tensorboard --logdir=/home/sergo/work/logs

### Source code

You can find the source code of the example below.

# Import MNIST data import input_data mnist = input_data.read_data_sets("/tmp/data/", one_hot=True) import tensorflow as tf # Set parameters learning_rate = 0.01 training_iteration = 30 batch_size = 100 display_step = 2 # TF graph input x = tf.placeholder("float", [None, 784]) # mnist data image of shape 28*28=784 y = tf.placeholder("float", [None, 10]) # 0-9 digits recognition => 10 classes # Create a model # Set model weights W = tf.Variable(tf.zeros([784, 10])) b = tf.Variable(tf.zeros([10])) with tf.name_scope("Wx_b") as scope: # Construct a linear model model = tf.nn.softmax(tf.matmul(x, W) + b) # Softmax # Add summary ops to collect data w_h = tf.histogram_summary("weights", W) b_h = tf.histogram_summary("biases", b) # More name scopes will clean up graph representation with tf.name_scope("cost_function") as scope: # Minimize error using cross entropy # Cross entropy cost_function = -tf.reduce_sum(y*tf.log(model)) # Create a summary to monitor the cost function tf.scalar_summary("cost_function", cost_function) with tf.name_scope("train") as scope: # Gradient descent optimizer = tf.train.GradientDescentOptimizer(learning_rate).minimize(cost_function) # Initializing the variables init = tf.initialize_all_variables() # Merge all summaries into a single operator merged_summary_op = tf.merge_all_summaries() # Launch the graph with tf.Session() as sess: sess.run(init) # Set the logs writer to the folder /tmp/tensorflow_logs summary_writer = tf.train.SummaryWriter('/home/sergo/work/logs', graph_def=sess.graph_def) # Training cycle for iteration in range(training_iteration): avg_cost = 0. total_batch = int(mnist.train.num_examples/batch_size) # Loop over all batches for i in range(total_batch): batch_xs, batch_ys = mnist.train.next_batch(batch_size) # Fit training using batch data sess.run(optimizer, feed_dict={x: batch_xs, y: batch_ys}) # Compute the average loss avg_cost += sess.run(cost_function, feed_dict={x: batch_xs, y: batch_ys})/total_batch # Write logs for each iteration summary_str = sess.run(merged_summary_op, feed_dict={x: batch_xs, y: batch_ys}) summary_writer.add_summary(summary_str, iteration*total_batch + i) # Display logs per iteration step if iteration % display_step == 0: print "Iteration:", '%04d' % (iteration + 1), "cost=", "{:.9f}".format(avg_cost) print "Tuning completed!" # Test the model predictions = tf.equal(tf.argmax(model, 1), tf.argmax(y, 1)) # Calculate accuracy accuracy = tf.reduce_mean(tf.cast(predictions, "float")) print "Accuracy:", accuracy.eval({x: mnist.test.images, y: mnist.test.labels})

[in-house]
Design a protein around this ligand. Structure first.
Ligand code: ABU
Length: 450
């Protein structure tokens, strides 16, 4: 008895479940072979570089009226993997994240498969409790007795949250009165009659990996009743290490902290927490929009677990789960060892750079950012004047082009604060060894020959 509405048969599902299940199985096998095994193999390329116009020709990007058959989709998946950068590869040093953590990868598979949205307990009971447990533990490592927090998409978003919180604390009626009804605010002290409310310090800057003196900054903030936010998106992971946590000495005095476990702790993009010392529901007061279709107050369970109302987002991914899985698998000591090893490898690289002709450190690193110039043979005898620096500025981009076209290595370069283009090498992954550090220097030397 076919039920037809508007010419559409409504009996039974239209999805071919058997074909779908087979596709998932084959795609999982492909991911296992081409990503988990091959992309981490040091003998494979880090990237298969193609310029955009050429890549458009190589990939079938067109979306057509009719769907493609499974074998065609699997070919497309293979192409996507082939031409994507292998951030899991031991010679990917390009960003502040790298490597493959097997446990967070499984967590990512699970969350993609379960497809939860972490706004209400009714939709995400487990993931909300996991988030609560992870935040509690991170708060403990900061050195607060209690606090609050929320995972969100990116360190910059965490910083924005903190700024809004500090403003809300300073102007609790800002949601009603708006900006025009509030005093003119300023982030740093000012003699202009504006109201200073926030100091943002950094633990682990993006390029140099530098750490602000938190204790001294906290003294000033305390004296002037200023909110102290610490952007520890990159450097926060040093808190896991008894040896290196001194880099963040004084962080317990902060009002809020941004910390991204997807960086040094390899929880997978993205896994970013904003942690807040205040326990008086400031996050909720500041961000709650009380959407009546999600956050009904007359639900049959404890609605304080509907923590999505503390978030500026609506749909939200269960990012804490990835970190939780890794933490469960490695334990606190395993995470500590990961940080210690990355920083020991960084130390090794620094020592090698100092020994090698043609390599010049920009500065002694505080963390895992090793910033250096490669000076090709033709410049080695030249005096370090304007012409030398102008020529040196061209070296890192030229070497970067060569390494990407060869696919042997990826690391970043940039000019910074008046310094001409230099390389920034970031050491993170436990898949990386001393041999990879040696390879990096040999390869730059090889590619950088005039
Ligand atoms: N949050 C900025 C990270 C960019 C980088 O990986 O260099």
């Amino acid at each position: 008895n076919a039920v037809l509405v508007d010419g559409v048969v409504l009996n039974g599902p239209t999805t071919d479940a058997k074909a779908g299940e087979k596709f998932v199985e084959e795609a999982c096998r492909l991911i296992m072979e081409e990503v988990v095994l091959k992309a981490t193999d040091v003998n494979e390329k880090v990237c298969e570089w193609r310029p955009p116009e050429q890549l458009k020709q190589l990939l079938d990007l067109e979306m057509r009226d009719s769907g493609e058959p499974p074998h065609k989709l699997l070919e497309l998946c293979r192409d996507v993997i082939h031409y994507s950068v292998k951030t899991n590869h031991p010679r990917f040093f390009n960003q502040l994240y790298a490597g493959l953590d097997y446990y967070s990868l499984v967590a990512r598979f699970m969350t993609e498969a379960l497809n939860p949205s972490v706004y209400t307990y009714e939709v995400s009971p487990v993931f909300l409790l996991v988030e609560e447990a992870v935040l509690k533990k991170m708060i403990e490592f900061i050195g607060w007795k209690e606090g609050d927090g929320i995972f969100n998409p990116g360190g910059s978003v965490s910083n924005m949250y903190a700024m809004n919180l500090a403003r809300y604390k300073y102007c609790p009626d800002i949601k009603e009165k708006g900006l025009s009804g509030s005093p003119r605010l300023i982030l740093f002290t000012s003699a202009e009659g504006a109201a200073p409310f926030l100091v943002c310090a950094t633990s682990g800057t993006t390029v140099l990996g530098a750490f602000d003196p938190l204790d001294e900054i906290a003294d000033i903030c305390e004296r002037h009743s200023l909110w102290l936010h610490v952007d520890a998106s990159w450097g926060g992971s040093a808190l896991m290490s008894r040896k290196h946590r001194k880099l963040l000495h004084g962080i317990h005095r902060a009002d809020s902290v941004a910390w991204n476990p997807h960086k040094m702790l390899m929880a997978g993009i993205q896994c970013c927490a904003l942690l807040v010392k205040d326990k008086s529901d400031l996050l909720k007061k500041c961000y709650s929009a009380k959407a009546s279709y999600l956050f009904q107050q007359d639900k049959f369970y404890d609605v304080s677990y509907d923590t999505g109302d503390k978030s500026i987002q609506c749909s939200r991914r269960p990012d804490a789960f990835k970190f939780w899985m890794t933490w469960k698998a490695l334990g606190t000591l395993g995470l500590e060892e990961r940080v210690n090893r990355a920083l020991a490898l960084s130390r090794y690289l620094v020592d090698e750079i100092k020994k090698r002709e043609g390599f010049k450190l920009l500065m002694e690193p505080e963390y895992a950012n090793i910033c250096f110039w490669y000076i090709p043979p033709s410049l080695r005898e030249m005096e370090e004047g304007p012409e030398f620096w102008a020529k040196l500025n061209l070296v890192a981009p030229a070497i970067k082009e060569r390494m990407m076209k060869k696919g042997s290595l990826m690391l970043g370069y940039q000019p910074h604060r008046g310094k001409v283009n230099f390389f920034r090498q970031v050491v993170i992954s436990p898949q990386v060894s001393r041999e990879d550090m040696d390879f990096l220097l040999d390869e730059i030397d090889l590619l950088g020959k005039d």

In brief, TensorBoard works with TensorFlow events files to visualize a graph and information related to its execution. To generate the necessary data, you can use TensorFlow summary operations.

### Want more? Watch the video!

In this session, Rebecca Murphy of Ocado Technology explains what TensorBoard is and how to use it for visualizing learning.

### Further reading

- Basic Concepts and Manipulations with TensorFlow
- Using Linear Regression in TensorFlow
- Using Logistic and Softmax Regression in TensorFlow